Day 21: 'Christmas is a' comin' ' - Leadbelly
Those of you who quickly jumped to the defence of the original Blues musicians when I run a thread about Led Zeppelin the other week on the West Ham Online page, will be pleased to see this bit of authentic American folk / blues courtesy of Mr Huddie Ledbetter himself. 

Recorded in 1942 - And No Smartarse I didn't buy it when it first came out! - it features one of the great blues voices and his distinctive 12-string guitar. It's here and it's great.

Day 20: 'Christmas Time is Here' - The Flirtations
'Nothing but a Heartache' is rightly cited as an R'n'B, Northern Soul classic but flip over the 1968 version - see Day 18 for defining 'flip over' - and there is this gem on the other side. Not to be missed.

Day 19: 'God Rest Ye Merry Gentleman' - Annie Lennox
To be honest, nothing of the output of La Lennox has interested me much since The Tourists broke up, but I'm including this on the Sunday Carol section this week for three reasons.

One: it's from a new album called 'Christmas Cornucopia' that may interest some. Two: the extraordinary video that accompanies the song has deeply disturbed me for reasons I'm not entirely sure of and three - and most importantly - I normally accompany my Mum to church on the last Sunday before Christmas for the Candlelit Christmas Carol Service at St. Paul's in East Ham and I won't be able to do that this year.

It's nothing to do with the snow or my tardiness either but Mum is in Newham General this Sunday battling Lymphoma and the associated 'cure' that sometimes appears worse than the disease. This is for her as I think she'd like it.

Day 18: 'Feed the World' - Band Aid
"Blimey Blagg - running out of songs are we? Surely a bit populistic for you...?"
..but wait.. this isn't the hardy perennial that is 'Do They Know it's Christmas' - a record even Saint Bob wants rid of even though it must still feed thousands every year - but something ever so slightly different.

You see, long, long ago, way before you used to steal music for free, beyond those strange shiny CD's your Dad has and even before those plastic cassette things you find in drawers at home, there was something called VINYL. And music released on vinyl had to have two sides and, no matter what you put on what was known as the A side, you had to put something on the B side - even when you have recorded a song in one night as Geldof did on 25th November 1984 and really have nothing else to give.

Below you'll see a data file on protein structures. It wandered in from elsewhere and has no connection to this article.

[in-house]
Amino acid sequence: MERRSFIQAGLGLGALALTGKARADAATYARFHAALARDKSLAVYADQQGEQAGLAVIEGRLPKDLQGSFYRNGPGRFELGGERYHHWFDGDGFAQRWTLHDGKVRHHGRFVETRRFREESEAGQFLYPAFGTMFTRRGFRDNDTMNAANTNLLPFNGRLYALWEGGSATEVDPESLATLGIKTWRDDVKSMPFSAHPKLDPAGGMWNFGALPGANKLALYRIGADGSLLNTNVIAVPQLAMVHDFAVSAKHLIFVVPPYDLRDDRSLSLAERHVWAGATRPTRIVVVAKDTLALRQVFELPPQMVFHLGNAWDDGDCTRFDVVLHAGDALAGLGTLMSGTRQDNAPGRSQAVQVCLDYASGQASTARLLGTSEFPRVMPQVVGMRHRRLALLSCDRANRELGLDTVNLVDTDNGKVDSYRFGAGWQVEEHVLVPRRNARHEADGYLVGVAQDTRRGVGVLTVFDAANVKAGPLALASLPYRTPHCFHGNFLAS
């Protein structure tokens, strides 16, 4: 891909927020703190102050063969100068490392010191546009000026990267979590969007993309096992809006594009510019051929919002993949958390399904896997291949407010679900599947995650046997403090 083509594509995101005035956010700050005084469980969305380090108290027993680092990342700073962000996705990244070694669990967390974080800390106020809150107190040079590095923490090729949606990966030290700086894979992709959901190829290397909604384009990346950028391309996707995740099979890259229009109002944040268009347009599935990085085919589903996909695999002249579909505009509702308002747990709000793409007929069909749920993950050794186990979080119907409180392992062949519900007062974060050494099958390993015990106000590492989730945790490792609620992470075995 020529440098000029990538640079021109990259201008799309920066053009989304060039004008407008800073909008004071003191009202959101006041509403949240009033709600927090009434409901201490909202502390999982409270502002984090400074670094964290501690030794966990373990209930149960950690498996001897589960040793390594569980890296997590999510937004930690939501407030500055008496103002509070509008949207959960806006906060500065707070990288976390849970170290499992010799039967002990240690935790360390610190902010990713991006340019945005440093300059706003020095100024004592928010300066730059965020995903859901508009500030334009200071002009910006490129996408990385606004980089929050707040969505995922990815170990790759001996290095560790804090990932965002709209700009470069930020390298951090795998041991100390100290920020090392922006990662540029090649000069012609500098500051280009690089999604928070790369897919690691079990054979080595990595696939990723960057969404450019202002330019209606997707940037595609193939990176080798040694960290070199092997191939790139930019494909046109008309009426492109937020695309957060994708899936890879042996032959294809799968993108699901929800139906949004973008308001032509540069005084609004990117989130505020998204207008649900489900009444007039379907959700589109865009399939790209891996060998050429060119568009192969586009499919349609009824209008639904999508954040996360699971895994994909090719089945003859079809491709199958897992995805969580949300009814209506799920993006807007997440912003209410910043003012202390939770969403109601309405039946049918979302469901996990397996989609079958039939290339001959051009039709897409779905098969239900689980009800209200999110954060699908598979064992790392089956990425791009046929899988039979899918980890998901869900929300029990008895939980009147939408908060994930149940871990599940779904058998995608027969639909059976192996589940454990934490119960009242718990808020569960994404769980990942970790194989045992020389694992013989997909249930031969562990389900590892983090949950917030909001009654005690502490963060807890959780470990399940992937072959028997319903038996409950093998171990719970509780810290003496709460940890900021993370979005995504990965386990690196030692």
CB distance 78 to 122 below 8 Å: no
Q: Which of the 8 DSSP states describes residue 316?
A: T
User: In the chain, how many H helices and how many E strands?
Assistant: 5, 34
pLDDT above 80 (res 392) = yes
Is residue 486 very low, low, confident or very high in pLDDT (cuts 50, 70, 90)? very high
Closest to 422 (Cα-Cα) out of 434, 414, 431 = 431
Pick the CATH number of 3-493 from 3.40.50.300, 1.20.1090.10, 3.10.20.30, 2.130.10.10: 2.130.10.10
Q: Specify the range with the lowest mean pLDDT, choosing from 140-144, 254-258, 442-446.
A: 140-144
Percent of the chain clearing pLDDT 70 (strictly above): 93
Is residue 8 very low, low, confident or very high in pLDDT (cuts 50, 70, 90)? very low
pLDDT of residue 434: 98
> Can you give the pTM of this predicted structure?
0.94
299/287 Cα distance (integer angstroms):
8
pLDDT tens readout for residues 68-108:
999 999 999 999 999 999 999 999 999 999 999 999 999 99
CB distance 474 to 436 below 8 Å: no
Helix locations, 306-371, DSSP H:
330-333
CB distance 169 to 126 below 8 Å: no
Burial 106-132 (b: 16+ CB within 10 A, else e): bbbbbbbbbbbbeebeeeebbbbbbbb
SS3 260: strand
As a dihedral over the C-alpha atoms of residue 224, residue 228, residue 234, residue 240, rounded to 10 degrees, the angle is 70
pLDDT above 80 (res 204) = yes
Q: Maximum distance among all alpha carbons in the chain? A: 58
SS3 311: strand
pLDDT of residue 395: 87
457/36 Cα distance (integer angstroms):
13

So, short of other ideas, 'Feed the World' consists of the 'DTKIC' backing track with a number of the Artistes speaking over the top and wishing everyone a Happy Christmas. This has some curiosity value certainly, as you hear the likes of Big Country, Holly Johnson, Bananarama and Johnny Fingers wishing you well while Paul McCartney excuses himself for famously not being there. There is even a smile moment as Bono introduces himself as 'the singer with U2' because, until he sung the line 'Tonight thank God it's them instead of you' U2 were not much more than a run-of-the-mill Division II outfit, but otherwise it's so far, so mundane.

Then two minutes in, the backing track stops and the stentorian voice of David Bowie intones "It's Christmas 1984 / And there are more starving folk on the planet than ever before / Please give a thought for them this season and do whatever you can - however small - to help them live" before the whole crew drop into the 'Feed the World' chorus.

It is genuinely chilling and one of the reasons I'll often play the long-forgotten B-side over the other track.

Day 17: 'Poundland Christmas' - Wild Billy Childish and the Musicians of the British Empire
Well, this is gonna strike a few chords this Christmas and as a double bonus the track will go down a bomb at your Christmas party too. This is a track from the 'Christmas 1979' LP released in 2007 and even though I've never quite warmed to the Childish oeuvre, it's an album worth hearing.

How would you like an indoor aerial? / Everything's for sale for a quid / Bring a smile to your family's Christmas / Made out of plastic by an Asian kid

Day 16: 'Christmas A Come' - Eek a Mouse
A Blagg first: A Calendar entry just 17 minutes after midnight, written in a West London hotel by a bloke pissed out of his skull on JD and coke (that's Cola btw) with a comatose secretary lying next to me (don't worry she's also my wife so it's OK). I'm pretty sure this day's entry is a hot slice of dub reggae but, frankly, who cares?

Day 15: 'Christmas Dragnet' - Stan Freberg
Christmas party tonight for Blagg IT Ltd so - as tradition dictates - it's novelty record time. And you can keep your 'Ernie', 'Grandma' and 'Granddad' - even yer 'Blobby' and 'Bob the Builder' - here's one from 1953 that is going to mean nothing to most of you but, to the cognoscenti, is pure comedy gold. Fortunately, I know two kids who post-date this by some 30 odd years and they love it so don't let the 78rpm label put you off.

Day 14: 'The Christmas Song' - The Raveonettes
This rather gorgeous offering from the Danish alternative rock duo is becoming something of a staple on the Blagg phonograph. There's a kinda early '60's re-verb on it and at 2:16 it doesn't outstay it's welcome either.

'Santa's coming to town / with sequins in his hair'...things have changed a lot since I was a kid..

Day 13: 'Christmas in Vietnam' - Private Charles Bowens and the Gentleman from Tigerland
Regulars may recall the 'so awfully horrendous, it's almost good' vibe from a track called 'Christmas in the Jungle' that found its way onto the Calendar a few years back, and I expected a similar experience when someone sent me a link to this 1967 record.

In fact, after the solitary trumpet fades from the beginning, it's something of a slow soul groove thang as Bowens reveals it's gonna be a 'dark, dark Christmas' over there in his foxhole. Sadly, the bloke is under the misapprehension that he's 'fighting for liberty / so this world can stay free' but that aside it's pretty good. A Google search doesn't reveal if Private Bowens made it home but I hope he did.

Worth remembering there are others fighting the same battles some forty-five years later.

Day 12: 'The Coventry Carol' - Alison Moyet